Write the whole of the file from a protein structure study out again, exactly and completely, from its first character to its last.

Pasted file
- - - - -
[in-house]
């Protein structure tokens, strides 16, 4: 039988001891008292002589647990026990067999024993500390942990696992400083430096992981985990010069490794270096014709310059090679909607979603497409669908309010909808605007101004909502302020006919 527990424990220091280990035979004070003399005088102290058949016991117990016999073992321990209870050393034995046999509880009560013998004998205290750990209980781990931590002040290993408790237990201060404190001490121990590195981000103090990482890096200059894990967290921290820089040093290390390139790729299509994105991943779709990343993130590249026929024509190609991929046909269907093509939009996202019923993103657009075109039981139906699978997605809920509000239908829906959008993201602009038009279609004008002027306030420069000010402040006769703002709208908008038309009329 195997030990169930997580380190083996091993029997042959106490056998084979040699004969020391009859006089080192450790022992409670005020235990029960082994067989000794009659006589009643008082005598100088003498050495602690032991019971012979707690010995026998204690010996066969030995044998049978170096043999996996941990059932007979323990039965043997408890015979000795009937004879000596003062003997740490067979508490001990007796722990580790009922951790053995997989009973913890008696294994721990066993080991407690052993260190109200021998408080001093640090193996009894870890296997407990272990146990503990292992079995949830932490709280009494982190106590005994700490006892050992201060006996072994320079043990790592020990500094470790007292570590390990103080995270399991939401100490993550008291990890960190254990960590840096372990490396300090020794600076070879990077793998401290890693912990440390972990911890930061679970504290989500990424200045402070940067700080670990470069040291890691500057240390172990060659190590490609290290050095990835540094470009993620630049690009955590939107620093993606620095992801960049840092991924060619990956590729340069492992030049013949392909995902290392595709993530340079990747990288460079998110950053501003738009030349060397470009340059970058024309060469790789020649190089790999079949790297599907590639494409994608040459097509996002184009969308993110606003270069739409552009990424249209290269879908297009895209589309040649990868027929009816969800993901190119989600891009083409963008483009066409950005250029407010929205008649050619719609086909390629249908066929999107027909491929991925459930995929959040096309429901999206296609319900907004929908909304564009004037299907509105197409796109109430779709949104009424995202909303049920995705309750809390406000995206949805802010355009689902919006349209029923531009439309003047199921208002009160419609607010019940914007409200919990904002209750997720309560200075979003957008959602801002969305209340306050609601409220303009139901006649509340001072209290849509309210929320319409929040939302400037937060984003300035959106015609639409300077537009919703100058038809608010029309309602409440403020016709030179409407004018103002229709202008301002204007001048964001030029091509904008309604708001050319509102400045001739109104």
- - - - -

[in-house]
């Protein structure tokens, strides 16, 4: 039988001891008292002589647990026990067999024993500390942990696992400083430096992981985990010069490794270096014709310059090679909607979603497409669908309010909808605007101004909502302020006919 527990424990220091280990035979004070003399005088102290058949016991117990016999073992321990209870050393034995046999509880009560013998004998205290750990209980781990931590002040290993408790237990201060404190001490121990590195981000103090990482890096200059894990967290921290820089040093290390390139790729299509994105991943779709990343993130590249026929024509190609991929046909269907093509939009996202019923993103657009075109039981139906699978997605809920509000239908829906959008993201602009038009279609004008002027306030420069000010402040006769703002709208908008038309009329 195997030990169930997580380190083996091993029997042959106490056998084979040699004969020391009859006089080192450790022992409670005020235990029960082994067989000794009659006589009643008082005598100088003498050495602690032991019971012979707690010995026998204690010996066969030995044998049978170096043999996996941990059932007979323990039965043997408890015979000795009937004879000596003062003997740490067979508490001990007796722990580790009922951790053995997989009973913890008696294994721990066993080991407690052993260190109200021998408080001093640090193996009894870890296997407990272990146990503990292992079995949830932490709280009494982190106590005994700490006892050992201060006996072994320079043990790592020990500094470790007292570590390990103080995270399991939401100490993550008291990890960190254990960590840096372990490396300090020794600076070879990077793998401290890693912990440390972990911890930061679970504290989500990424200045402070940067700080670990470069040291890691500057240390172990060659190590490609290290050095990835540094470009993620630049690009955590939107620093993606620095992801960049840092991924060619990956590729340069492992030049013949392909995902290392595709993530340079990747990288460079998110950053501003738009030349060397470009340059970058024309060469790789020649190089790999079949790297599907590639494409994608040459097509996002184009969308993110606003270069739409552009990424249209290269879908297009895209589309040649990868027929009816969800993901190119989600891009083409963008483009066409950005250029407010929205008649050619719609086909390629249908066929999107027909491929991925459930995929959040096309429901999206296609319900907004929908909304564009004037299907509105197409796109109430779709949104009424995202909303049920995705309750809390406000995206949805802010355009689902919006349209029923531009439309003047199921208002009160419609607010019940914007409200919990904002209750997720309560200075979003957008959602801002969305209340306050609601409220303009139901006649509340001072209290849509309210929320319409929040939302400037937060984003300035959106015609639409300077537009919703100058038809608010029309309602409440403020016709030179409407004018103002229709202008301002204007001048964001030029091509904008309604708001050319509102400045001739109104």